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Multimedia: Afghan Treasures Come to the Bay Area

5 December 2008 No Comment

By Karen Weise  —

In a room twinkling with thousand of small gold pieces, the message behind the Asian Art Museum’s exhibit “Afghanistan: Hidden Treasures from the National Museum, Kabul” was unmistakable.

“A nation stays alive when its culture stays alive,” the final wall of the exhibit read.

For Dr. Mohammad “Mo” Qayoumi, president of California State University East Bay and the first Afghan president of a major U.S. university, that statement could not be more true.

Qayoumi said aside from the beauty and importance of the artifacts themselves, the dramatic story of safekeeping the treasures through war and crisis is enough cause for jubilation. Qayoumi and others said they are working to connect the East Bay’s Afghan community with the celebrated exhibition before it leaves San Francisco in the end of January.

Protecting heritage through times of war: Secret vaults, sealed lips

As a central hub in the Silk Road, Afghanistan has 15,000 known archaeological sites, charting millennia of trade, invasions, settlements and dynasties. Since 1922, as artifacts were excavated, Afghanistan preserved their national treasures in the National Museum in Kabul, growing the collection to 100,000 artworks and artifacts.

The Soviet invasion in 1979 to the ensuing decade of civil war threatened the museum’s collection, with war lords selling artifacts on the black market and eventually, the shelling of the building. Starting in 2001, the Taliban systematically destroyed 2,500 works of art, according to the exhibition.

Fearing the complete destruction of the national treasure, in 1988, a small group of museum staff hid crates with the most precious artifacts in a vault in the presidential palace in an attempt to protect the treasures. The handful of staff, known as key holders or tahilwidars, kept quiet about the secret vaults.

In Oct. 2003, two years after war ousted in the Taliban, the museum’s director, Omara Khan Massoudi, decided conditions were finally safe enough to reveal the treasured pieces. Afghan archeologists and National Geographic staff opened the crates to find the artifacts intact. The pieces were first shown at the National Gallery in D.C., and are at the Asian Art museum in San Francisco until Jan. 25. The show will stop at Houston and New York before returning to Afghanistan.

CSU’s Qayoumi said the Afghan community’s response to the exhibition was a sense of “jubilation.” The complex, cosmopolitan artifacts countered decades of pessimism. “You look at what they have heard about Afghanistan for the last 25 and 30 years, and it has been the war, destruction, refugees, misery,” he said.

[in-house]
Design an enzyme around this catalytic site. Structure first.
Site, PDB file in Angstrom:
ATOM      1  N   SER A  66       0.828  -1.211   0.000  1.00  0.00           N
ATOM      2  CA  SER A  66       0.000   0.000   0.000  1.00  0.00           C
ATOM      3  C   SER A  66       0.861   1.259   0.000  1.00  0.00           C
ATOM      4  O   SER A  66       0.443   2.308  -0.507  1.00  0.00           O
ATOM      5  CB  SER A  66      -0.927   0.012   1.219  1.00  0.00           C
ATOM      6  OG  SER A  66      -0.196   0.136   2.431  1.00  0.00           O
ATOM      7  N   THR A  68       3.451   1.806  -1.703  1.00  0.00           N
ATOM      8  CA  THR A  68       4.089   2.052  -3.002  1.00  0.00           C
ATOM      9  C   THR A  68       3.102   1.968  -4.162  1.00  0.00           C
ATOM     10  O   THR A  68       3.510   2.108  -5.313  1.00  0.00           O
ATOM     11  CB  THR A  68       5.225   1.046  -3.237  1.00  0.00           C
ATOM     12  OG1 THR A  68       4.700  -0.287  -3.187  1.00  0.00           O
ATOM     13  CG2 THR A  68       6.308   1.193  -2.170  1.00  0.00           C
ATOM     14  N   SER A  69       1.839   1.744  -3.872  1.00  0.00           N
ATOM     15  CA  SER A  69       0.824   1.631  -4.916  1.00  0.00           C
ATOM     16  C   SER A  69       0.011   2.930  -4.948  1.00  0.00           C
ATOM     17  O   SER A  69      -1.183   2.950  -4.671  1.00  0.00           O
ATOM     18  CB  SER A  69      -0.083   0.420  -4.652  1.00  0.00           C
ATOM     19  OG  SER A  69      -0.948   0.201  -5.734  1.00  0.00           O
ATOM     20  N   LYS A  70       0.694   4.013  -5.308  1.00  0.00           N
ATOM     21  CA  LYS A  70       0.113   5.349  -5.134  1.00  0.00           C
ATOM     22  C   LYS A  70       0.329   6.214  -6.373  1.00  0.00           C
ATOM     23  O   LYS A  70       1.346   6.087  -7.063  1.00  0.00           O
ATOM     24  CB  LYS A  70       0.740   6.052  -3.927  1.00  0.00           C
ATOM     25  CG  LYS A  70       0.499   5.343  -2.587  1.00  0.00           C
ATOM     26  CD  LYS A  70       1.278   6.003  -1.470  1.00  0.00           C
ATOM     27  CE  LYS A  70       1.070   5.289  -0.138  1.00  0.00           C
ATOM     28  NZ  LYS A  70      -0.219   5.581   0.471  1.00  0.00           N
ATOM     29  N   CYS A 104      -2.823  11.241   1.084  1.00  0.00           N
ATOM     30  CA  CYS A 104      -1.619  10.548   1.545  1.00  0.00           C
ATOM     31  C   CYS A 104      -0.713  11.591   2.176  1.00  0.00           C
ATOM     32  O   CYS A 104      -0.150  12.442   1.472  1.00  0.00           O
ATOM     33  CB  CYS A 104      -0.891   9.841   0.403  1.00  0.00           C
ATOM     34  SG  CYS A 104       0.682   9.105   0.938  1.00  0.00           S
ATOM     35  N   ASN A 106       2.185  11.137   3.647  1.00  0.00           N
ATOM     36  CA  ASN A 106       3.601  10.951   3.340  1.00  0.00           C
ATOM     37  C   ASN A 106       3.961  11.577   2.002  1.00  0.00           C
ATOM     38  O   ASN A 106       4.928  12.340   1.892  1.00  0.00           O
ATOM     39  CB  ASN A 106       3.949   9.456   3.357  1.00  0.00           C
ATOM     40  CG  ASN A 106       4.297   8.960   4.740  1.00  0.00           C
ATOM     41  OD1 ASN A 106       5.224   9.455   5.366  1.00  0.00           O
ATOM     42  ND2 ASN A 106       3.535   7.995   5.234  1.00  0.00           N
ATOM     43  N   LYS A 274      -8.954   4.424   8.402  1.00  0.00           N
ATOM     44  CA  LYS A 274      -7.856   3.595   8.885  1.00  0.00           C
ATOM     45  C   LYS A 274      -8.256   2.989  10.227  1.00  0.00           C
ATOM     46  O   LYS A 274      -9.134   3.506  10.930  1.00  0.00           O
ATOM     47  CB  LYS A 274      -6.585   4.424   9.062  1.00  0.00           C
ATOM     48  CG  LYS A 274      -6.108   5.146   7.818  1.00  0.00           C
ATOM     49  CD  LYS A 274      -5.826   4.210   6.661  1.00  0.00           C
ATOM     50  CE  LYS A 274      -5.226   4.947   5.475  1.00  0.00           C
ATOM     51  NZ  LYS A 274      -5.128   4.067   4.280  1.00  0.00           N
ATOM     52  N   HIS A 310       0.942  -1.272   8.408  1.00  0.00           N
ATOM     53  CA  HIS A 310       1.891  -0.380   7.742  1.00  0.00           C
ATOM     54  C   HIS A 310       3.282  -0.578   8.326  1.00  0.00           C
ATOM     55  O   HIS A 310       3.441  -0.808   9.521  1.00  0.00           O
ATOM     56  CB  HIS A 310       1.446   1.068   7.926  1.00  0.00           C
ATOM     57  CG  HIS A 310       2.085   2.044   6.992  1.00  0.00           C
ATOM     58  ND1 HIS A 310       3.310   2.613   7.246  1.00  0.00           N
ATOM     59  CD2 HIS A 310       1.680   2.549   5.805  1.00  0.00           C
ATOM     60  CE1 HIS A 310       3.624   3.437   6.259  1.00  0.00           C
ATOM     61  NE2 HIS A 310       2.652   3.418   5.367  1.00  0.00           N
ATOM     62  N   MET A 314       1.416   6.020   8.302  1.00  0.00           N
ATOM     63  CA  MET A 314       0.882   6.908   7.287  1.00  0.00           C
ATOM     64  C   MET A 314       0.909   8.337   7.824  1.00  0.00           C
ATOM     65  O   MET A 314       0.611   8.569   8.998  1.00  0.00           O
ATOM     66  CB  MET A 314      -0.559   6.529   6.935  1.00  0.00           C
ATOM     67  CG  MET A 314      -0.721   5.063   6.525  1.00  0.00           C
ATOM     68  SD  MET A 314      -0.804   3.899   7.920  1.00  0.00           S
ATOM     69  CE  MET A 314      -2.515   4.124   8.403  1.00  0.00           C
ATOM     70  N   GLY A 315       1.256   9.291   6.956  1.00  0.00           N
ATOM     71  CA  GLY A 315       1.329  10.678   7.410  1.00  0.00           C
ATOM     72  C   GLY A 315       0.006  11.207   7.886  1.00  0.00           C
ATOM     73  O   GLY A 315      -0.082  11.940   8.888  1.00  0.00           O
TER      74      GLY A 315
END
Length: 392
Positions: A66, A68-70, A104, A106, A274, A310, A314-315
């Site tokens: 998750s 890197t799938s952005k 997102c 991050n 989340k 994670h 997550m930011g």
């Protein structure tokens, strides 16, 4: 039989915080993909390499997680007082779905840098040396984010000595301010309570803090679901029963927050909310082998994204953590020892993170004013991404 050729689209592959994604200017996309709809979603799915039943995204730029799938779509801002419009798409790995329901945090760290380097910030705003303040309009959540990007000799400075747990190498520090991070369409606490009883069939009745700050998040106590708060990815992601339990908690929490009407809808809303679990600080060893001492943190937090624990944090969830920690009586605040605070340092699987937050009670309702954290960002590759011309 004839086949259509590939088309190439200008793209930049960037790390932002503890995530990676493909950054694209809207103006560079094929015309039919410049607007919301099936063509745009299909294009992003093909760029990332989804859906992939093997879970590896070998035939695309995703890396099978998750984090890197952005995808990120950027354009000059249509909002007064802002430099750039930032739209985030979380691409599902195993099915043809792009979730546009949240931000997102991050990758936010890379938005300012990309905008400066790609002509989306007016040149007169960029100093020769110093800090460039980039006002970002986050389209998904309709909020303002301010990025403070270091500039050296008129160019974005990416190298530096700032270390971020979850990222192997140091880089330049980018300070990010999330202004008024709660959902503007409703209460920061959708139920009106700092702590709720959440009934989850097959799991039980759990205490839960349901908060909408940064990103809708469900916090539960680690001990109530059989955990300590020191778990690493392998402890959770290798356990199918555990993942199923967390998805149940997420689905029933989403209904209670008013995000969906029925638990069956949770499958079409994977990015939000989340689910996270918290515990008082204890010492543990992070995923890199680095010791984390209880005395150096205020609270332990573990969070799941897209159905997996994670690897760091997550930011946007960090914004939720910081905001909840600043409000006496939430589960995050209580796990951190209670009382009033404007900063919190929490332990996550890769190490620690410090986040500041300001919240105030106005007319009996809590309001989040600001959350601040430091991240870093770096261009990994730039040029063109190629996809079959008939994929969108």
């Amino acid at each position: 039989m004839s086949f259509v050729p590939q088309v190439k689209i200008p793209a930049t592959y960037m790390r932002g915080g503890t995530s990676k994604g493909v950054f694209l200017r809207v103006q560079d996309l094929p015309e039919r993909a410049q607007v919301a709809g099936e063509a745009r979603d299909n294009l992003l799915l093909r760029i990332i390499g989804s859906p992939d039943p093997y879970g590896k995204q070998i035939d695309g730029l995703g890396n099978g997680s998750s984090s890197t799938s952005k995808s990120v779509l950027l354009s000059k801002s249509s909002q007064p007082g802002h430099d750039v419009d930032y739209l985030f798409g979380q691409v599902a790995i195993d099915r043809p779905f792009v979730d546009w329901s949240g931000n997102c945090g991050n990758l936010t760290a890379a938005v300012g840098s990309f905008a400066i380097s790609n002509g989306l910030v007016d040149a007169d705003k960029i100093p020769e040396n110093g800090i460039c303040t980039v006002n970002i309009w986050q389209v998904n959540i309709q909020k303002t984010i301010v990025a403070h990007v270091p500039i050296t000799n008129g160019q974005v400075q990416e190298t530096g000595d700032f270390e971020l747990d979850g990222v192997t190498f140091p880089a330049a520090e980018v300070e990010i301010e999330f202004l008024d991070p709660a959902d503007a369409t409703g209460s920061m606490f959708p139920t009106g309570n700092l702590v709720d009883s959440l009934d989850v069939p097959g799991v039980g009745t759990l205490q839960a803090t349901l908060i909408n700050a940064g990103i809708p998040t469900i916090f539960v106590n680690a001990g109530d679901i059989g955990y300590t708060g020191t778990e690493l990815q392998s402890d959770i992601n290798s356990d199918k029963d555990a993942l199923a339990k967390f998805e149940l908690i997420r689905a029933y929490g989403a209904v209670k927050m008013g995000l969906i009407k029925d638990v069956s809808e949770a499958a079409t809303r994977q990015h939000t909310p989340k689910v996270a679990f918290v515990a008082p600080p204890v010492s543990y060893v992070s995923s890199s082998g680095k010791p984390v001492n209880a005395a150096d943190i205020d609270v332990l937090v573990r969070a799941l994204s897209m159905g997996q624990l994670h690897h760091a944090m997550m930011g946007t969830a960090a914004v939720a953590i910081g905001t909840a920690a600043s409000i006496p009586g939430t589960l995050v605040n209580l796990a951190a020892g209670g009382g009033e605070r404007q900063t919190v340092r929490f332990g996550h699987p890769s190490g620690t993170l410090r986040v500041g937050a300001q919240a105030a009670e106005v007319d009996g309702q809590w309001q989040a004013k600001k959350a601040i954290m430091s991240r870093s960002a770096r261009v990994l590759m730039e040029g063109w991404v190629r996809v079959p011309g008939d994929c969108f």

CSU’s Qayoumi said the “sense of stewardship and custodianship” the keyholders showed is an aspect of Afghan culture he homes becomes noted. “When you are trusted with something, you have to protect it with your life,” he said. Qayoumi cited several other instances of unsung “heroes,” such as a corps of guards who protected the American Embassy for close to twenty years without payment.

Qayoumi said he believed the custodianship over nearly two decades should quiet naysayers who question whether the current Afghan government can protect the exhibit when it returns to Afghanistan. “My belief is that all of these artifacts were protected because of the people, not the government,” he said.

Connecting to the East Bay Afghan community

To get the word out, Qayoumi said he did interviews on several Afghan television stations, including Fremont’s Le Mar TV, as well as presented at local organizations such as the Hayward Rotary Club. The museum translated the exhibition brochure into both Dari and Pashtu.

For Saturday, Dec. 6, Rev. Bruce Green, an interfaith facilitator at Centerville Presbyterian Church, said he is organizing buses and free admission for the Afghan community, particularly the poorer and elderly members. Using buses donated by Fremont’s Bridges Community Church and free admission provided by the museum, Green expects 200 people to make the journey from the East Bay. One pick-up was scheduled for the Afghan Coalition office in Fremont, and another likely will be in the Concord area.

“It’s too good for any afghan to miss,” said Green. “It’s their national treasure. Anyone would be really inspired about it.”

For more information, visit: Asian Art Museum, the National Geographic Society and the National Gallery of Art.

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